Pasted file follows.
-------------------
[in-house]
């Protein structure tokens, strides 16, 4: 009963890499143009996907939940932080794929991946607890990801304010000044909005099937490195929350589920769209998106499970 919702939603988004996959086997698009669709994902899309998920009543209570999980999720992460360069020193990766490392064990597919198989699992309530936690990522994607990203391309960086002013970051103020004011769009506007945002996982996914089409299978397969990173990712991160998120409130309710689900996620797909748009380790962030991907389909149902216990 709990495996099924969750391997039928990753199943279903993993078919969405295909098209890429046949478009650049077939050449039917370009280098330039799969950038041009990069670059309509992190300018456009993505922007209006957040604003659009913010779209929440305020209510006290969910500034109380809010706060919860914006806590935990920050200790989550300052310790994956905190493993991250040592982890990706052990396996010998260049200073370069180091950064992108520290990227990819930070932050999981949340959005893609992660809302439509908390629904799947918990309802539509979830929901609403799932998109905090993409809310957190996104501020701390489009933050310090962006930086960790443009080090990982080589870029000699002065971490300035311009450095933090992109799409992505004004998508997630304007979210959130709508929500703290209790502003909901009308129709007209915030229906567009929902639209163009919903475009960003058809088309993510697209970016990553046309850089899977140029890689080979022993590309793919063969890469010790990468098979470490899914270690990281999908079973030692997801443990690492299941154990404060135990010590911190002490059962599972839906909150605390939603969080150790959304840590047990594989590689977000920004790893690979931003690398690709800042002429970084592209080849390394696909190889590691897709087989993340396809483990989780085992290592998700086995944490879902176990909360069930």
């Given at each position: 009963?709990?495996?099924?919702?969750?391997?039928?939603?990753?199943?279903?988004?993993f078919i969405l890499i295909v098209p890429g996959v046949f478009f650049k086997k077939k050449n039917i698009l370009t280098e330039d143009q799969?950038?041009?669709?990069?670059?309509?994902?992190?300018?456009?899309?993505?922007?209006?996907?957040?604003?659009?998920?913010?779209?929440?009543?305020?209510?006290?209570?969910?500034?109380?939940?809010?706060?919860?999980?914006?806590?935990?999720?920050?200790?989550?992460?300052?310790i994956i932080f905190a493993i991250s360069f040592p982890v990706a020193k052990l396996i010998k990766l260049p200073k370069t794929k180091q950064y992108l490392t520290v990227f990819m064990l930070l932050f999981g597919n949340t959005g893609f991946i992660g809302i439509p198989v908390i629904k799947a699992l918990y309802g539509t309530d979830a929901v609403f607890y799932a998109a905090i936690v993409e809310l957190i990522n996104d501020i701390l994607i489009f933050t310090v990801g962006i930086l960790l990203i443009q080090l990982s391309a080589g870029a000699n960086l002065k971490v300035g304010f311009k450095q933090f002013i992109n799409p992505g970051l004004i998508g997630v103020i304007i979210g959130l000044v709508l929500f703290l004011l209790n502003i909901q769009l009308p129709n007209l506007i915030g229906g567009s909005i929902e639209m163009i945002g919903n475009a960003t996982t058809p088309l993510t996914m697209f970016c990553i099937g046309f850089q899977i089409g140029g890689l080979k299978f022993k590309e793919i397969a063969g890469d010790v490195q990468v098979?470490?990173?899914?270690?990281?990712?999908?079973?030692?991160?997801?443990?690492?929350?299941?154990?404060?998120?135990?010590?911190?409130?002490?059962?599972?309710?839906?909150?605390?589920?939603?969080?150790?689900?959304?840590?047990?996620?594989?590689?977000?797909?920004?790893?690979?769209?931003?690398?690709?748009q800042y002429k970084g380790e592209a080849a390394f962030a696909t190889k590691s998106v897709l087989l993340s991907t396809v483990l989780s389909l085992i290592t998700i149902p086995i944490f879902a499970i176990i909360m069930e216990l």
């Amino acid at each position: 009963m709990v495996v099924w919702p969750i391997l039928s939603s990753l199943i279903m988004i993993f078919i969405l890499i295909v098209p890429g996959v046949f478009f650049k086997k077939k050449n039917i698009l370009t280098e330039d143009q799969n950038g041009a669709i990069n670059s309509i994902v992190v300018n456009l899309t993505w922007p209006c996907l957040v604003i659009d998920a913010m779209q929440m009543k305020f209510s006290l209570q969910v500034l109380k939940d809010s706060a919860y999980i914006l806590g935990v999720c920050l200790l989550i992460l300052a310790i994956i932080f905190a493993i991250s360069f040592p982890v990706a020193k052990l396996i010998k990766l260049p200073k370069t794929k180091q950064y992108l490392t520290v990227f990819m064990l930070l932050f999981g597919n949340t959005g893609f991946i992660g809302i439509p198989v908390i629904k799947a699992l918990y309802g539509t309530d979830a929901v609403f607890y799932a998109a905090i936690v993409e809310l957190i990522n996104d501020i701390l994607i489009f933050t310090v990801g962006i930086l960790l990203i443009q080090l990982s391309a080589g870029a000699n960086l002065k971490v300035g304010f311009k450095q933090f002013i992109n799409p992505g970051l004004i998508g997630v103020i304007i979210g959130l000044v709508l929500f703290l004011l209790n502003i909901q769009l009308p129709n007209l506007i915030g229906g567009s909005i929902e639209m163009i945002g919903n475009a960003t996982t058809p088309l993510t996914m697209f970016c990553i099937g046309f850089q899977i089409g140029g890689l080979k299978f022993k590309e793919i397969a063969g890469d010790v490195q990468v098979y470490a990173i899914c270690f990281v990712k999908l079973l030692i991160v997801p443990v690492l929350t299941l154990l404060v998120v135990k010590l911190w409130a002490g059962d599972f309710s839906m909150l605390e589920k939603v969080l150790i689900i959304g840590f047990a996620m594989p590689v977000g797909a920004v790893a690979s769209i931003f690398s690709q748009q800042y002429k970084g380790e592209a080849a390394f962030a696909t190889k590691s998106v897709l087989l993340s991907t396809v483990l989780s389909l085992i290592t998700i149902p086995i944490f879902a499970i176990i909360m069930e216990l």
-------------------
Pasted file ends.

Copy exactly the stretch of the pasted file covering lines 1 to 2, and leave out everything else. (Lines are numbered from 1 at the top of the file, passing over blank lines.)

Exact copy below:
[in-house]
């Protein structure tokens, strides 16, 4: 009963890499143009996907939940932080794929991946607890990801304010000044909005099937490195929350589920769209998106499970 919702939603988004996959086997698009669709994902899309998920009543209570999980999720992460360069020193990766490392064990597919198989699992309530936690990522994607990203391309960086002013970051103020004011769009506007945002996982996914089409299978397969990173990712991160998120409130309710689900996620797909748009380790962030991907389909149902216990 709990495996099924969750391997039928990753199943279903993993078919969405295909098209890429046949478009650049077939050449039917370009280098330039799969950038041009990069670059309509992190300018456009993505922007209006957040604003659009913010779209929440305020209510006290969910500034109380809010706060919860914006806590935990920050200790989550300052310790994956905190493993991250040592982890990706052990396996010998260049200073370069180091950064992108520290990227990819930070932050999981949340959005893609992660809302439509908390629904799947918990309802539509979830929901609403799932998109905090993409809310957190996104501020701390489009933050310090962006930086960790443009080090990982080589870029000699002065971490300035311009450095933090992109799409992505004004998508997630304007979210959130709508929500703290209790502003909901009308129709007209915030229906567009929902639209163009919903475009960003058809088309993510697209970016990553046309850089899977140029890689080979022993590309793919063969890469010790990468098979470490899914270690990281999908079973030692997801443990690492299941154990404060135990010590911190002490059962599972839906909150605390939603969080150790959304840590047990594989590689977000920004790893690979931003690398690709800042002429970084592209080849390394696909190889590691897709087989993340396809483990989780085992290592998700086995944490879902176990909360069930």